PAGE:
Tuna Managers Focus on Recovery
by Laurie Schreiber
New England Fishery Management Council (NEFMC) member David Preble reported to the council in January that international negotiations for the management of collapsed stocks of Atlantic bluefin tuna were marked by “some of the most bizarre carrying-on that I’ve ever seen.”
“We had people running around in cars with giant bluefin tuna on top, people slapping signs on automobiles,” Preble said. “There was even an assault or two. It was a mess.”
Preble was a member of the United States delegation to the annual meeting of the 48-nation International Commission for the Conservation of Atlantic Tunas (ICCAT), held in November, 2010, in Paris, France.
On one side of the discussion, he said, were environmental groups that wanted to see bluefin listed as an endangered species and wanted to stop fishing all together. On the other side, he said, were fishery managers who were attempting to weigh the merits of continued fishing at some level, given signs that some recovery is occurring. Complicating the entire matter, he said, was the lack of good data about fish biomass, spawning levels, and fish catch. The latter was further complicated, he said, by a history of illegal bluefin harvesting and falsified catch reports by fishermen in some nations in the Mediterranean.
Preble told the NEFMC that negotiation regarding bluefin tuna management was a top agenda item at the ICAAT meeting. According to information from the National Marine Fisheries Service (NMFS) Web site Fishwatch, the U.S. bluefin tuna fishery is managed domestically by the Highly Migratory Species Management Division of NMFS and internationally by ICCAT. According to NMFS Office of Protected Resources, the bluefin is the largest of the tuna species. Maximum lengths can exceed 13 feet and harvested weights have reached nearly 2,000 pounds.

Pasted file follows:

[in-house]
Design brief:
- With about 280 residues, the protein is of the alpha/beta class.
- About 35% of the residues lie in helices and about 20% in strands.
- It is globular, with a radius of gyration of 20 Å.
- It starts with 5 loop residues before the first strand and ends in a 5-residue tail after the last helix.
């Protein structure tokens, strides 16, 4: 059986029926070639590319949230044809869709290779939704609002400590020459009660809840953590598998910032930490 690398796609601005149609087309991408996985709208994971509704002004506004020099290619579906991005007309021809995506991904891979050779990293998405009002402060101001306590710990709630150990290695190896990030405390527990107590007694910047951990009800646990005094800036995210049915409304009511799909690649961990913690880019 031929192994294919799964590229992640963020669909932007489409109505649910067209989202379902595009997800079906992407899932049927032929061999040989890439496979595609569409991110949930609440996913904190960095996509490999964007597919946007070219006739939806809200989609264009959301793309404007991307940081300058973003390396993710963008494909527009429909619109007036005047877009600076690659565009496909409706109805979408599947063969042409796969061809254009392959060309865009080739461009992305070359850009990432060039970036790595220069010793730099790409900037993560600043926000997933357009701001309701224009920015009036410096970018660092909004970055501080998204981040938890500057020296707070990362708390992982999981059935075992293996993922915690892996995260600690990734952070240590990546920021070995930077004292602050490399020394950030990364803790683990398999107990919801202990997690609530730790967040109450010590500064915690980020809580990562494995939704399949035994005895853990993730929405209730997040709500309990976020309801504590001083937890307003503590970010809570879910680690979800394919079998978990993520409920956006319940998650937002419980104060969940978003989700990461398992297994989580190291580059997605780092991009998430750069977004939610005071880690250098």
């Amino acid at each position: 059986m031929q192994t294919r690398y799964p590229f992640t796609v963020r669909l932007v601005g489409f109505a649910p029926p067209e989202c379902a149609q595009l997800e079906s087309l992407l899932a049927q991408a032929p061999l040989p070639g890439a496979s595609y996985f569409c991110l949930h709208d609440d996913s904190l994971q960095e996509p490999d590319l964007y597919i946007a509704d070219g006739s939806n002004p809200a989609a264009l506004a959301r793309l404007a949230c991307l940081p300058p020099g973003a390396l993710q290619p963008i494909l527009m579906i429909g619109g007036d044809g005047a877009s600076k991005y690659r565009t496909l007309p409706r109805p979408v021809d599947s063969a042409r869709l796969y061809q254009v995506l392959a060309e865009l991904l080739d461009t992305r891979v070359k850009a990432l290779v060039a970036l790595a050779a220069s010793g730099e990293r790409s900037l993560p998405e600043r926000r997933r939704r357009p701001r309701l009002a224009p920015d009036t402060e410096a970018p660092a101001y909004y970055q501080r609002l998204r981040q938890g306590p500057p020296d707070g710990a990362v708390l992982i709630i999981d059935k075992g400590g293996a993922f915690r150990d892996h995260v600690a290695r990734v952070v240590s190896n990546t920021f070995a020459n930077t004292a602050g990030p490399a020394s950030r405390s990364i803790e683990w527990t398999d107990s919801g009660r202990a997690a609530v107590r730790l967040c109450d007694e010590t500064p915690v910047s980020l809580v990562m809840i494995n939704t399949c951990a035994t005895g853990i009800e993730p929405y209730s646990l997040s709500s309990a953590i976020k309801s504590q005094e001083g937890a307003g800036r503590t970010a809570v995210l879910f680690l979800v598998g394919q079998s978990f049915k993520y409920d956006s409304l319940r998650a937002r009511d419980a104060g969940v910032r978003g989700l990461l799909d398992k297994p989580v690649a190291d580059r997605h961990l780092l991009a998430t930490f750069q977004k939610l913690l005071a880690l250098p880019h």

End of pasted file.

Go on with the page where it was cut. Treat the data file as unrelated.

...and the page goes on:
The bluefin is currently a candidate for listing as an endangered species under the federal Endangered Species Act. Atlantic bluefin tuna is the highest-valued Atlantic tuna species in the market, according to Fishwatch. Individual Atlantic bluefins have sold at auction in Japan for upward of $100,000.
In 2009, ICCAT concluded that Atlantic bluefin tuna stocks were declining dramatically, by 72 percent from peak fishing years in the 1970's in the Eastern Atlantic, and by 82 percent in the Western Atlantic. The United States is responsible for about 3 percent of the global Atlantic bluefin tuna catch.
In his report, Preble, a former fisherman from Rhode Island, described the decline of bluefin in his lifetime. “I am on the deck of a fishing boat south of Block Island, and I climb high into the rigging to once again bear witness to the beginning of the annual migration of giant Atlantic bluefin tuna into the waters of New England,” he wrote. “And I know that for the next several months the ‘horse mackerel,’ as the old-timers called them, will be found all along the coast, from Long Island to Canada, from the beaches and sounds and bays to the thirty fathom line. My Rhode Island waters will be filled with them, from Westerly into Narragansett Bay, all around Block Island, and eastward across Cox Ledge. The village of Galilee, on Point Judith, will call itself ‘The Tuna Capital of the World,’ though there will be other towns along the Atlantic coast who will also claim the title.”